San Juan ATV


San Juan County

San Juan County Attractions 

 Hovenweep National Monument

Hovenweep National Monument protects six prehistoric, Puebloan-era villages spread over a twenty-mile expanse of mesa tops and canyons along the Utah-Colorado border. Multi-storied towers perched on canyon rims and balanced on boulders lead visitors to marvel at the skill and motivation of their builders. Hovenweep is noted for its solitude and undeveloped, natural character.

 

Natural Bridges National Monument

Natural Bridges preserves some of the finest examples of natural stone architecture in the southwest. On a tree-covered mesa next to deep sandstone canyons, three natural bridges formed when meandering streams slowly cut through the canyon walls. In honor of the Native Americans that made this area their home, the bridges are named "Kachina," "Owachomo" and "Sipapu."

 

Mule Canyon Ruins

Mule Canyon is accessed from highway 95. Look for the graded county road (SJ 263) on the north side of the highway, approximately 19 miles west of the intersection of routes 95 and 191. Go up the county road about 1/4 mile and park.Walk up the canyon to your left. Because of the orientation of this canyon, one finds slickrock walls mixed with ponderosa pines.

 

Butler Wash Ruins

Butler Wash Ruins Overlook is accessed from Utah Highway 95 just west of Blanding. After parking, an easy half-mile walk across slickrock is required before arriving at the overview of Anasazi cliff houses.

 

 

Moki Dugway

The Mokee Dugway is located on Utah Route 261 just north of Mexican Hat, UT. It was constructed in 1958 by Texas Zinc, a mining company, to transport uranium ore from the "Happy Jack" mine in Fry Canyon, UT. to the processing mill in Mexican Hat. The three miles of unpaved, but well graded, switchbacks descend 1100 feet from the top of Cedar Mesa (on which you are now standing). The State of Utah recommends that only vehicles less than 28 feet in length and 10,000 pounds in weight attempt to negotiate this steep (10% grade), narrow and winding road.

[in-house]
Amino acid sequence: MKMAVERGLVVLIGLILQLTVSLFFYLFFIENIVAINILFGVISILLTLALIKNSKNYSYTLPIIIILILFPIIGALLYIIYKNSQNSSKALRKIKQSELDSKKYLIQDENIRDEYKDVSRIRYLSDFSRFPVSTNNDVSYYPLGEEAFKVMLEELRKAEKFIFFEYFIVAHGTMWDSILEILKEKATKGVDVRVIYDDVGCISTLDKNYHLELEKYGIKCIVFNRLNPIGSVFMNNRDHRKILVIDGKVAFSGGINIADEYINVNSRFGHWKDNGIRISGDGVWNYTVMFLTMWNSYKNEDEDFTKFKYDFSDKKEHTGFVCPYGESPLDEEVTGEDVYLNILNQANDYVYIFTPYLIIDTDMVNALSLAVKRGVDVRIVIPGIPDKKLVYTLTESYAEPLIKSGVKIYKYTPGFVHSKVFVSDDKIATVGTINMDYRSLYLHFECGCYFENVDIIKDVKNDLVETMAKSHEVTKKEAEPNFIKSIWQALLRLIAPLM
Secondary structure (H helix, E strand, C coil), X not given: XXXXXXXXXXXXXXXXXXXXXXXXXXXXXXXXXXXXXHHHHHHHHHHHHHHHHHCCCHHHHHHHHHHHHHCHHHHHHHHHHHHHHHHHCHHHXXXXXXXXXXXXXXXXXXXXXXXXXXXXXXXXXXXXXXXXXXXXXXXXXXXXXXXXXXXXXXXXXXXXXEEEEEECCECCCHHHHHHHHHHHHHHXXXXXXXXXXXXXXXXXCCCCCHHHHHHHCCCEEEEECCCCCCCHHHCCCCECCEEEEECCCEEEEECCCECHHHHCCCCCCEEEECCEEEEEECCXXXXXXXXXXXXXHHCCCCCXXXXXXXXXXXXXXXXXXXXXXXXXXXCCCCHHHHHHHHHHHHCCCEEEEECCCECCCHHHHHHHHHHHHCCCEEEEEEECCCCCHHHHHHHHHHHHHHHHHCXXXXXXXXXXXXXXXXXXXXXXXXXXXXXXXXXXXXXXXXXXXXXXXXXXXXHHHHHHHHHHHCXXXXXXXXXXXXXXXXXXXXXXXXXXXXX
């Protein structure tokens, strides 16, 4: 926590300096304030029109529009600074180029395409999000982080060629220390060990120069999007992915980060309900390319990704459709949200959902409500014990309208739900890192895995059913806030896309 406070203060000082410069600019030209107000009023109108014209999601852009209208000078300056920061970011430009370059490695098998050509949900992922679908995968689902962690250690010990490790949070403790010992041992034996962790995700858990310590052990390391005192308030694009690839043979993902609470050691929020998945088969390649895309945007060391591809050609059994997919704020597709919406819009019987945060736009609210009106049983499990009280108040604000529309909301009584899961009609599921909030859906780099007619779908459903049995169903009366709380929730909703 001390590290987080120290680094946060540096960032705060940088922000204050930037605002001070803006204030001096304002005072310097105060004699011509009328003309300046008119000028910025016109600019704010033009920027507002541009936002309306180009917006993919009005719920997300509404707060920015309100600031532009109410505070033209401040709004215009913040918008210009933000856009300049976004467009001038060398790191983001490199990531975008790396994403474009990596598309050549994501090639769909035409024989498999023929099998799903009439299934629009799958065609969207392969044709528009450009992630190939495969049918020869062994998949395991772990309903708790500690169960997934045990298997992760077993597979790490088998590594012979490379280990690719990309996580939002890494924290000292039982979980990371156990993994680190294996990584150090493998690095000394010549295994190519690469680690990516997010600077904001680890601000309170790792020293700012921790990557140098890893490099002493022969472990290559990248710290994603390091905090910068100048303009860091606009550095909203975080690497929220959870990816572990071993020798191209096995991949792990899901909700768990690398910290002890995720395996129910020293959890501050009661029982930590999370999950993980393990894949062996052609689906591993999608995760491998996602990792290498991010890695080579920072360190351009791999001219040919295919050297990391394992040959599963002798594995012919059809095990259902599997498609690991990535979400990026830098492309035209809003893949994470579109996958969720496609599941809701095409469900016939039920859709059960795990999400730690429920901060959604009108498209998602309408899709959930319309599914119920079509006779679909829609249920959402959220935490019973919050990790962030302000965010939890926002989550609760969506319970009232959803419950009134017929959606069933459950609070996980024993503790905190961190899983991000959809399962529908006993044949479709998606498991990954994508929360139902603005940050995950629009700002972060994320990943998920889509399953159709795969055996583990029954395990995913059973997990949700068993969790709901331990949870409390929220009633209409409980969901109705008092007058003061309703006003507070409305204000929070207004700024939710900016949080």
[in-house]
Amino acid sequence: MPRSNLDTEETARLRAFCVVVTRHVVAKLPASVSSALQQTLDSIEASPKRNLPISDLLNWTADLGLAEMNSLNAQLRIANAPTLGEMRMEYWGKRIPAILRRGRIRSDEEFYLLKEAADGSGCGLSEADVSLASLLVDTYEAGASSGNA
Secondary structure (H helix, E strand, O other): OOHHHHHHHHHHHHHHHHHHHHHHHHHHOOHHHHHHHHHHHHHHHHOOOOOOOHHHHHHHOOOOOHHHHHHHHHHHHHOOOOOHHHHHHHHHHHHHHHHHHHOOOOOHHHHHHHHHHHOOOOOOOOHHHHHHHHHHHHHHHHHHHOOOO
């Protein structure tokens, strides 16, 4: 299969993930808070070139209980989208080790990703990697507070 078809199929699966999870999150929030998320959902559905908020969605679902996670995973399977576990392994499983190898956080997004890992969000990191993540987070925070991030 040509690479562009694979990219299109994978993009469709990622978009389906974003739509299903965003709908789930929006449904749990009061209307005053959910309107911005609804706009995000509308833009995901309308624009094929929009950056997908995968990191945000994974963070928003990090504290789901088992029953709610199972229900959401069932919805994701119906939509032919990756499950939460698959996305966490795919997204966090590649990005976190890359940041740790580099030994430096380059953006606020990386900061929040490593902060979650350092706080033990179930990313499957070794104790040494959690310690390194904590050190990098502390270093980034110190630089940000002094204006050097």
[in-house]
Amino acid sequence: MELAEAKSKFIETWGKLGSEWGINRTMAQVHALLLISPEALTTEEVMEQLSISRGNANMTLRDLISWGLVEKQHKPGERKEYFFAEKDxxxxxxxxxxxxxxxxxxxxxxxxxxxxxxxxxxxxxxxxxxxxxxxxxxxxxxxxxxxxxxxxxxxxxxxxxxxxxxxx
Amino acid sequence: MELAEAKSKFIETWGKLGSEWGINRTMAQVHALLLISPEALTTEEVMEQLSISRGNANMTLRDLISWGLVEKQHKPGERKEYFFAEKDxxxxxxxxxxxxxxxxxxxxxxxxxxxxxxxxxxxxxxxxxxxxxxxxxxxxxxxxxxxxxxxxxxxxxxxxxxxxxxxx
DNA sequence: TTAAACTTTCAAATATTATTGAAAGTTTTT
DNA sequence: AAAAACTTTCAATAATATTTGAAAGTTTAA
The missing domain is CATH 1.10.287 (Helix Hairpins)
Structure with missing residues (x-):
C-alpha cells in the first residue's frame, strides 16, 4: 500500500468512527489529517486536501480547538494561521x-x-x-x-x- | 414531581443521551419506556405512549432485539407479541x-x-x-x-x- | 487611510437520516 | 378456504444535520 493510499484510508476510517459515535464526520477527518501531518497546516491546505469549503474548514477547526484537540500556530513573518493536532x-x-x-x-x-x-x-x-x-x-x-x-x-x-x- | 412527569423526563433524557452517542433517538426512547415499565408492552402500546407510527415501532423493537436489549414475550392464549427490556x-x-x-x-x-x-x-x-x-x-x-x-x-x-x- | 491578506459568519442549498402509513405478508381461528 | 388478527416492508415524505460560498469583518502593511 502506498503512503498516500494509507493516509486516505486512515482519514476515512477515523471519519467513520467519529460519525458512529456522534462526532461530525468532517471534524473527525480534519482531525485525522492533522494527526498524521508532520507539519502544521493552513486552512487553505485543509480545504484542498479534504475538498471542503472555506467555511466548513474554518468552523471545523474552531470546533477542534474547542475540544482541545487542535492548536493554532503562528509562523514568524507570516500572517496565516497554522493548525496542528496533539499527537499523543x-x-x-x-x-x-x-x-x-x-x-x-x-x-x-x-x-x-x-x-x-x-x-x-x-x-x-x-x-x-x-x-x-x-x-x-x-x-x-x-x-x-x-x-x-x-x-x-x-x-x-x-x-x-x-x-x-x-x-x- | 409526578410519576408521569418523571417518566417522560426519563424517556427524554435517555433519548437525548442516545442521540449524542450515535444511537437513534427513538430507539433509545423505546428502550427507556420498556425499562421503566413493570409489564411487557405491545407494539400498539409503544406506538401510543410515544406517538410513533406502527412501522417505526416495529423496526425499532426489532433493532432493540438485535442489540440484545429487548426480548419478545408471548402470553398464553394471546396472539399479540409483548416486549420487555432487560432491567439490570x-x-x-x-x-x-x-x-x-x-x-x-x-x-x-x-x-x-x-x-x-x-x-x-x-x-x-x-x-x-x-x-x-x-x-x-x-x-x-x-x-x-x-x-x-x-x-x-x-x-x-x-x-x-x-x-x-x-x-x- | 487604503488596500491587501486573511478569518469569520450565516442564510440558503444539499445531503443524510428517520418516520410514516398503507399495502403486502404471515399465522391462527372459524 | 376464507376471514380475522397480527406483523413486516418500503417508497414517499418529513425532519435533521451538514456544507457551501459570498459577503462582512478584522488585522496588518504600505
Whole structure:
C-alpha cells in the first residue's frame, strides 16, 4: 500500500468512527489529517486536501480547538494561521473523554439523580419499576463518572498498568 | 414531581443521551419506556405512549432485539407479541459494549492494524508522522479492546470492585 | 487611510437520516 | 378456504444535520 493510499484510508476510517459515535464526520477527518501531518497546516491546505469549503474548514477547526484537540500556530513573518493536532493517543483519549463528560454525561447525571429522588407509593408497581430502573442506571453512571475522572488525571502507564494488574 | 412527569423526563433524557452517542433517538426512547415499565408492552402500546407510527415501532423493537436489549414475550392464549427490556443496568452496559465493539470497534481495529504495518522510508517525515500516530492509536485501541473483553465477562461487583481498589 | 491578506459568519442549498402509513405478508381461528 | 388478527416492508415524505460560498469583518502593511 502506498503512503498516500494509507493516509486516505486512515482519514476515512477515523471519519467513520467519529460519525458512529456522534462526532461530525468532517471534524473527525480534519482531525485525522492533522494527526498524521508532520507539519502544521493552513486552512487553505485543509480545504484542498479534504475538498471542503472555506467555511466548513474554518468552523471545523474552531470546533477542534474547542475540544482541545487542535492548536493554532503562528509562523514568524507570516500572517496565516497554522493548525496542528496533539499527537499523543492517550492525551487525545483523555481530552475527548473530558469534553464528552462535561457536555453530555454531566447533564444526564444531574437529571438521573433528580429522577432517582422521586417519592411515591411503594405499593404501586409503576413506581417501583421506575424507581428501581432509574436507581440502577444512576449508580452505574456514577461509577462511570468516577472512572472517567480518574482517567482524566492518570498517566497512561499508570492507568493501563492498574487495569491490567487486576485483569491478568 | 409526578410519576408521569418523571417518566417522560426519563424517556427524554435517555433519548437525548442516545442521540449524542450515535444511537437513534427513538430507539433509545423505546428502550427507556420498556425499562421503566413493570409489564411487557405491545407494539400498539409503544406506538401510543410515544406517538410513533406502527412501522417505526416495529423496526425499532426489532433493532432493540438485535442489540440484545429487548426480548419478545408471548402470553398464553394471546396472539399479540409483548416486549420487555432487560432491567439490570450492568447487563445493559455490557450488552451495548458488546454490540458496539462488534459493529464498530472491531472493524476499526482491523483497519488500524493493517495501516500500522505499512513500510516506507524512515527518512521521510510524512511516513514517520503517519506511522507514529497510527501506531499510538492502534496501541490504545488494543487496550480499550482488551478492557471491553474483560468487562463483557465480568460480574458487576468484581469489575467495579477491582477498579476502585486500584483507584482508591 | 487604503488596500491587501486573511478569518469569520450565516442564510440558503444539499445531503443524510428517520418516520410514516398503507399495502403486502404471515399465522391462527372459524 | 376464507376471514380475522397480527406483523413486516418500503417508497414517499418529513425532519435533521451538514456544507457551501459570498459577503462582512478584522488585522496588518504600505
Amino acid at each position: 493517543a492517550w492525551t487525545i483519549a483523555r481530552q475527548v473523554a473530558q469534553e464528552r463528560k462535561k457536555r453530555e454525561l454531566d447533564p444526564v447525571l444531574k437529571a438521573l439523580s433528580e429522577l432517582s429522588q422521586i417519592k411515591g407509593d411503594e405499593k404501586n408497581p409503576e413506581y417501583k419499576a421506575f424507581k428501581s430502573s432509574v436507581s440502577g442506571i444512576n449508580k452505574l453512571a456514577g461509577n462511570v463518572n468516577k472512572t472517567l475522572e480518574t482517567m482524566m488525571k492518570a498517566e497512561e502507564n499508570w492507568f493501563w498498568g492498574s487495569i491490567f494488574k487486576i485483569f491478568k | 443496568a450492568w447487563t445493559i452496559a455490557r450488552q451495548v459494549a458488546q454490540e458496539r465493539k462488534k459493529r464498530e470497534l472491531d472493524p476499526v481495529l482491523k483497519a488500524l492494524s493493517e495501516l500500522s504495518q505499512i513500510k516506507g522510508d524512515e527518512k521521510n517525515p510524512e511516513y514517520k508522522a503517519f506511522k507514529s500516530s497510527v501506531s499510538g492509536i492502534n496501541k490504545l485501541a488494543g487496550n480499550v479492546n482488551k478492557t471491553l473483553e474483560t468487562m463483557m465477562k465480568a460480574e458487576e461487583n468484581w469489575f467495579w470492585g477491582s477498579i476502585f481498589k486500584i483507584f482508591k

Valley of the Gods

The main road through Mexican Hat eventually joins US 191 which goes north to Monticello and Moab, but before this it passes close to the Valley of the Gods. This is a smaller scale version of Monument Valley, with huge isolated red sandstone rocks standing above the level valley floor, remnants of some ancient landscape.

 

 

Goosenecks State Park

 Four miles off Utah Highway 261 near Mexican Hat, you can look into a 1,000-foot-deep chasm carved through the Pennsylvanian Hermosa Formation by the silt-laden San Juan River. The river meanders back and forth, flowing for more than five miles while progressing only one linear mile toward the Colorado River and Lake Powell. The access road is paved. Facilities include primitive camping and vault rest rooms.

 

Edge of the Cedars

View the largest collection of Ancestral Puebloan (Anasazi) pottery on display in the Four Corners Region and explore an authentic Puebloan village behind the museum. In addition to permanent collections, Edge of the Cedars offers special exhibits, festivals, and events throughout the year. Dynamic exhibits at Edge of the Cedars State Park Museum feature outstanding photography, fine art, current topics in archeology, and contemporary Native American crafts. Festivals, programs and special events promote traditional values through storytelling, craft workshops, and an Indian art exhibit.

Lowry Ruins

Lowry was home to about 100 people. Many rooms were probably plastered inside and painted with bold geometric designs. Initial excavations in the 1930s revealed a kiva with a well-preserved decorative mural, and the kiva was backfilled to preserve it. After re-excavation in 1974, the mural began to discolor and peel away due to exposure to light and air. None of it survives today, except for a salvaged fragment at the Anasazi Heritage Center. Current technology cannot preserve such murals in situ except by reburial.

Bluff Fort

Original and replica buildings of the first settlement at Bluff; covered wagons and a monument honoring the Hole-in-the-Rock pioneers

 

 

Sand Island

The easily accessible rock art panel at Sand Island is extensive and represents images from 800 to 2500 years old. It presents a good overview of the type of rock art that is found all along the San Juan River. Camping and vault toilets are provided here, but no water. Desert temperatures can be extremely hot and dry. Plan ahead and be prepared. Bring appropriate clothing and lots of water when visiting this site.